An alternative to FYWS 151 offered to outstanding first-year writers, by invitation from the Director of College Writing. The course is limited to 12 students who meet as a class once a week and individually with the instructor or in small groups with the Writing Fellow once a week. Students will turn in 4 one-page themes each week. Some research and writing will be required, and students will use their daily themes as the basis for two longer papers: one at mid term and the other at the end of the semester. Students may not take both FYWS 151 and FYWS 155.

Degree Requirement: F2s

The New Yorker

Harold Ross, the first publisher of The New Yorker, once projected that his magazine would “hate bunk,” and sure enough, nearly 90 years later, The New Yorker still publishes writing unparalleled in its sophistication, currency, and craft. Each week we will read the latest copy of the magazine and decide, as a class, which articles we want to analyze. Students in the class write critical reactions daily, and few prompts are given, allowing students to explore the subject and rhetoric most provocative to them. Students receive substantial feedback on their daily written work and spend the semester developing both their writer’s voice and rhetorical skills, all the while reading and analyzing some of the best prose stylists in the country. Favorite readings in the past include “Trial by Fire: Did Texas execute an innocent man?”; “The Borrowers: Why rent when you can buy?”; “Drinking Games: How much people drink may matter less than how they drink it”; “The Mask of Doom: A nonconformist rapper’s second act”; and “Getting In: The social logic of Ivy League admissions.” We will read and write about such topics as crime, music, neuroscience, social networking, presidential candidates, celebrities, shopping, and subjects heretofore unimaginable. You should have earned a B+ or higher in your senior English course. FYWS 155 meets once each week.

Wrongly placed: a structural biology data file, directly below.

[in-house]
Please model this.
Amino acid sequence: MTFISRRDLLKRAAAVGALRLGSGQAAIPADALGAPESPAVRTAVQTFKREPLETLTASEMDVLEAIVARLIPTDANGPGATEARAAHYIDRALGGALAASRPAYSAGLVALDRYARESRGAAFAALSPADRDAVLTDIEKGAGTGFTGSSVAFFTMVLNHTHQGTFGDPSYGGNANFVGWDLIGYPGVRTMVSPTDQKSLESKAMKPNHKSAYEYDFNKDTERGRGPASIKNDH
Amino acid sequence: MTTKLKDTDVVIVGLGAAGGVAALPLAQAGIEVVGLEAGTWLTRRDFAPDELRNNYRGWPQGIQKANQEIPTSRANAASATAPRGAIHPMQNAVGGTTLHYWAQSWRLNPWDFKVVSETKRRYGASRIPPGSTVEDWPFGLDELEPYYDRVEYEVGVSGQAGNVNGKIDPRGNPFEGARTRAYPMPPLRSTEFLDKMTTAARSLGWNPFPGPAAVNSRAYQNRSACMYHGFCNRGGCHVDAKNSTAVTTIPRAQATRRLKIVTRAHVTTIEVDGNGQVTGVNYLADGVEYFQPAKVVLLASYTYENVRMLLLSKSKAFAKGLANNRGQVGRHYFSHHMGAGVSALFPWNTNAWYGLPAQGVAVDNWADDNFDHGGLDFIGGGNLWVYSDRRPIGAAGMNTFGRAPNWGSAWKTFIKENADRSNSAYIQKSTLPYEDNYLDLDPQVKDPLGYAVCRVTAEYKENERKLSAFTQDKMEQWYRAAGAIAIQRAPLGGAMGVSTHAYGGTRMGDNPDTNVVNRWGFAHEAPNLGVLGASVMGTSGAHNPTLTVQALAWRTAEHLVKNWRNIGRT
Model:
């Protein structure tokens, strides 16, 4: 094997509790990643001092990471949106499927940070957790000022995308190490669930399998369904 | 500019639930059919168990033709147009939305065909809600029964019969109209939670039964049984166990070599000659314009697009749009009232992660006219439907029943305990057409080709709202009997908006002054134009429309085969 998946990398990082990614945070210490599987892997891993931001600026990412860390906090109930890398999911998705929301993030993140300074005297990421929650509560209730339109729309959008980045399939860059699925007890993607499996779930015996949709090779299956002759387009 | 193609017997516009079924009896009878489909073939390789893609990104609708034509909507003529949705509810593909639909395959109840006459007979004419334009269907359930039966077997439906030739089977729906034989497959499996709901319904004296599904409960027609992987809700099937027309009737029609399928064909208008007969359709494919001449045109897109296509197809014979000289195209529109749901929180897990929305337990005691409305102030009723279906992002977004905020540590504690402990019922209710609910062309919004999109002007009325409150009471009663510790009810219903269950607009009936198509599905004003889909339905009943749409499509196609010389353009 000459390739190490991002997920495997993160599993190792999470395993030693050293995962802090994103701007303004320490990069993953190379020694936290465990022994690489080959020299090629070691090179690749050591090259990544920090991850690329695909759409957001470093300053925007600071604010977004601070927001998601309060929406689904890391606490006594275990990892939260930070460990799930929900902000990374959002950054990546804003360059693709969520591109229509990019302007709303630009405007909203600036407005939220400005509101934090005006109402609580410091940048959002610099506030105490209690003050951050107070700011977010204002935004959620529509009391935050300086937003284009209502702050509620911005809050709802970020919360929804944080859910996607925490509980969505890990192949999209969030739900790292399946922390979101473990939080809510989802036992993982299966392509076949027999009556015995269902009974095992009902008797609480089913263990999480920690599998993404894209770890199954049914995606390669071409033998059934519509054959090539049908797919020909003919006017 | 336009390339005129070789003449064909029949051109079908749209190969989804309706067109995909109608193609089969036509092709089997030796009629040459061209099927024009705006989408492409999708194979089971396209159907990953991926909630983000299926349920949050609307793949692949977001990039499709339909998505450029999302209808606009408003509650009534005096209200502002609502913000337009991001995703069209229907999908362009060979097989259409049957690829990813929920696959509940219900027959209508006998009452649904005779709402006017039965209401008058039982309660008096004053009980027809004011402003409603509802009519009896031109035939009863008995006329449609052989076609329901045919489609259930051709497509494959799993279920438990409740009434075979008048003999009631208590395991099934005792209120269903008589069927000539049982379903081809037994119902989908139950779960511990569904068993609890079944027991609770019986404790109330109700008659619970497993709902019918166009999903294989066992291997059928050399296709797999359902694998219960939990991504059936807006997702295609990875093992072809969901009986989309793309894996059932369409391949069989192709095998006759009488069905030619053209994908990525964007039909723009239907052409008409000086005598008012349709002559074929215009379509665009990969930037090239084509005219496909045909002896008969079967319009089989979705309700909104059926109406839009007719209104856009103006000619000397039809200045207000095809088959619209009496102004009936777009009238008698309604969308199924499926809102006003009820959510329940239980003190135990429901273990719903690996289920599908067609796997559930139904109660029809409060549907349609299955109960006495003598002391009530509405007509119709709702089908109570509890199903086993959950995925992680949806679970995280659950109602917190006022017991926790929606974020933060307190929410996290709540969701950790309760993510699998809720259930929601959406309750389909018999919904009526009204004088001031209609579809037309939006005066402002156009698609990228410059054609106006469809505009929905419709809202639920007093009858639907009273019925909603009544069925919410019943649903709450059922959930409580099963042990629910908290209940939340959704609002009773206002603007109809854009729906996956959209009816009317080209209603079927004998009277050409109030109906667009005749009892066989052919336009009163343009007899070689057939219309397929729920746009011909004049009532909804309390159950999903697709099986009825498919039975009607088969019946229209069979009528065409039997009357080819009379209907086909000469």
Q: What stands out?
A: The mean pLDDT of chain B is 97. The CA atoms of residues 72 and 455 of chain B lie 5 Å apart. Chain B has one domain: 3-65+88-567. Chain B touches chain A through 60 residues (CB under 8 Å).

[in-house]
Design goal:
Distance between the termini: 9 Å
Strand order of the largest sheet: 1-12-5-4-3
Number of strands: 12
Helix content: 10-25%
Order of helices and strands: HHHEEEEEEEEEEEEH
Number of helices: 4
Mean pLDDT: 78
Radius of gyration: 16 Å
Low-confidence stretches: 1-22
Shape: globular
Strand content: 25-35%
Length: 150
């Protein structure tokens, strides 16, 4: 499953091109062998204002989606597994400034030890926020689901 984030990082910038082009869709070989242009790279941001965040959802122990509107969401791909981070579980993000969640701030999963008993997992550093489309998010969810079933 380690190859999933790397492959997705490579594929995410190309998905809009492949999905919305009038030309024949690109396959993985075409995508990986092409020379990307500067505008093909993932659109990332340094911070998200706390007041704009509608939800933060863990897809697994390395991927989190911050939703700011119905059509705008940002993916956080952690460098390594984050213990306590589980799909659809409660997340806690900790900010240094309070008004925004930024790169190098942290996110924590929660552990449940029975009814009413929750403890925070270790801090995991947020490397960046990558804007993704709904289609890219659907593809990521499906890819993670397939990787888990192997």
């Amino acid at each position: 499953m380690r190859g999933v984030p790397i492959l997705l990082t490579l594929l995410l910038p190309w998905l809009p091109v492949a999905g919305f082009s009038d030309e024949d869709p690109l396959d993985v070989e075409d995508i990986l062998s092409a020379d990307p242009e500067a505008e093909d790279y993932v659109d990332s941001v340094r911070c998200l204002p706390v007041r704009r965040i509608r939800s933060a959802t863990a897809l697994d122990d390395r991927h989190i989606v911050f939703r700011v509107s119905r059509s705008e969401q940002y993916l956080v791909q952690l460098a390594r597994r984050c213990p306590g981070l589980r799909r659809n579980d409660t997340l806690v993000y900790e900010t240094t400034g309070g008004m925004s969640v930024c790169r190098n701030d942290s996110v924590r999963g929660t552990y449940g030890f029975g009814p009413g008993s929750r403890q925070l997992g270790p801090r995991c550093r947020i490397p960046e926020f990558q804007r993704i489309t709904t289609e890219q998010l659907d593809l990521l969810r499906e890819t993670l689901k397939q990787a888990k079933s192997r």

To be considered for FYWS 155: Daily Themes, please email a brief letter of interest and a writing sample to Finlayson@rhodes.edu no later than October 31st, 2014. You should have earned a B+ or higher in your senior English course.

R 12:30 pm-01:45 pm
Professor Rebecca Finlayson